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According to Newman, nurses practicing within this theory find their own lives are enhanced and transformed (Neill, 2002). Her beliefs and consciousness-centered approach were born from her early nursing experiences involving rehabilitation patients (Weingourt, 1998). She came to understand the altered connection between the concept of time for her patients and their limited mobility. For most of her patients, the day would seem to drag along despite the fact that their rehabilitation sessions were relatively short. Her conclusion was that these patients had an altered sense of reality. This eventually sparked her theory of Health as Expanding Consciousness (HEC).
Looking at the practice of nursing through a more metaphysical lens, the HEC posits that there is a universal and expanding consciousness in which all humans participate -- the healthy, the recuperating, and the incurably ill. Newman believed this was a natural law just as real as the law of gravity -- an unseen energy system that is constantly and unceasingly interacting with everyone and everything in nature (Vandemark, 2008). For Newman, nursing is, at its core, a process of recognition of where patients are in their consciousness, evidenced by the patterns they demonstrate (Neill, 2002). Nurses must be able to identify where a patient is on the continuum of consciousness in relation to their physical environment. If attuned and creative, nurses are better able to help patients elevate their consciousness level to improve their health and abilities. In other words, nurses can use HEC to meet patients where they are, helping them use their personal power to overcome injury or disease through recovery or prevention.
There are strengths and weaknesses to Newman's HEC theory. It is strong in that it embeds a sense of caring and consideration for the patient into nursing inventions (Weingourt, 2008). Patients are viewed in a very holistic way that extends beyond their physical capabilities or limitations. Because of this, HEC can be considered applicable to nearly any health setting and for nearly every demographic. Critics, however, point out that the theory is very abstract (Vandemark, 2008). There are those who do not subscribe to metaphysics. For them, many of Newman's ideas fall flat. In addition, understanding and knowing when or how to interject caring into practice can be confusing. Much of Newman's ideas are purely qualitative. This means that the application of expanded consciousness is subjective depending on the nurse administering the treatment (Neill, 2002). This means that outcomes may not be consistent across the board. This is confounded even further when you consider that patient environments and willingness to participate will also vary. Nurses must understand HEC at a very deep level -- beyond isolated concepts -- to realize its full benefits.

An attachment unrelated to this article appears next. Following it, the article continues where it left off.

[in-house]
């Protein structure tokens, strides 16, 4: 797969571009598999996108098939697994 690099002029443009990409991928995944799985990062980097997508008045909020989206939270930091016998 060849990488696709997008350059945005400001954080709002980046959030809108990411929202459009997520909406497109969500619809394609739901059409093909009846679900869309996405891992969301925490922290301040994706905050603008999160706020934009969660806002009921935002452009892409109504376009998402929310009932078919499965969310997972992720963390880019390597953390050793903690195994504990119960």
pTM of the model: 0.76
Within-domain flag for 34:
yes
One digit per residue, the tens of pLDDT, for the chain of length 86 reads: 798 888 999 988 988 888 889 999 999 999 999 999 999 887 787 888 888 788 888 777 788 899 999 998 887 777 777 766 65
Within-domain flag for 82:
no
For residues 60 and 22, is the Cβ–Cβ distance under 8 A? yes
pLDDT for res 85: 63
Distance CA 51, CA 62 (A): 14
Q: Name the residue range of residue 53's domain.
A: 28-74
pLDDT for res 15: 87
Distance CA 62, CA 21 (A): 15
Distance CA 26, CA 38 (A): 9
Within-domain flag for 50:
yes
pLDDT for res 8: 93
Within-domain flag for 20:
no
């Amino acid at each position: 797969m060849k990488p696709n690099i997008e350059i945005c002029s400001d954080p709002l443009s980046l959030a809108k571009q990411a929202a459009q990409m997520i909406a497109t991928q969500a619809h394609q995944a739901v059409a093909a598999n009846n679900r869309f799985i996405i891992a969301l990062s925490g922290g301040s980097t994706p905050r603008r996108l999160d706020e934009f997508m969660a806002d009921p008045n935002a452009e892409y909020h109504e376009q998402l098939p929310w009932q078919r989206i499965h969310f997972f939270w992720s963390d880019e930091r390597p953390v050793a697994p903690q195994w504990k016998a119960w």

James Fowler -- Faith Development
James Fowler's ideas regarding faith development have been highly examined, debated, and critiqued for nearly twenty years (James, 1997). The faith development theory and its associated stages expand the notion of what faith is. According to Fowler, all humans believe in something or someone (2004). The core of this belief is not religious; rather it is the way we make meaning of the world in which we live -- a way of thinking and being and understanding reality (Jones, 2004). As Fowler himself describes faith, it is:
…the composing or interpreting of an ultimate environment and as a way-of being in-relation to it. [it] must be seen as a central aspect of a person's life orientation. Faith is a primary motivating power in the journey of the self. It plays a central role in shaping the responses a person will make in and against the force-field of his or her life. Faith, then, is a core element in one's character or personality (2004).
For Fowler, faith is acknowledged as simple influential power -- a life-directing idea that guides us. He argues that the way people regard faith is through six distinct stages. Each is guided by specific ways of being. Progression between the stages often results in trauma or internal conflict as people leave the familiar, alter their patterns of thinking, relating and discerning the world and settle into new ways of experiencing life (Fowler, 2004).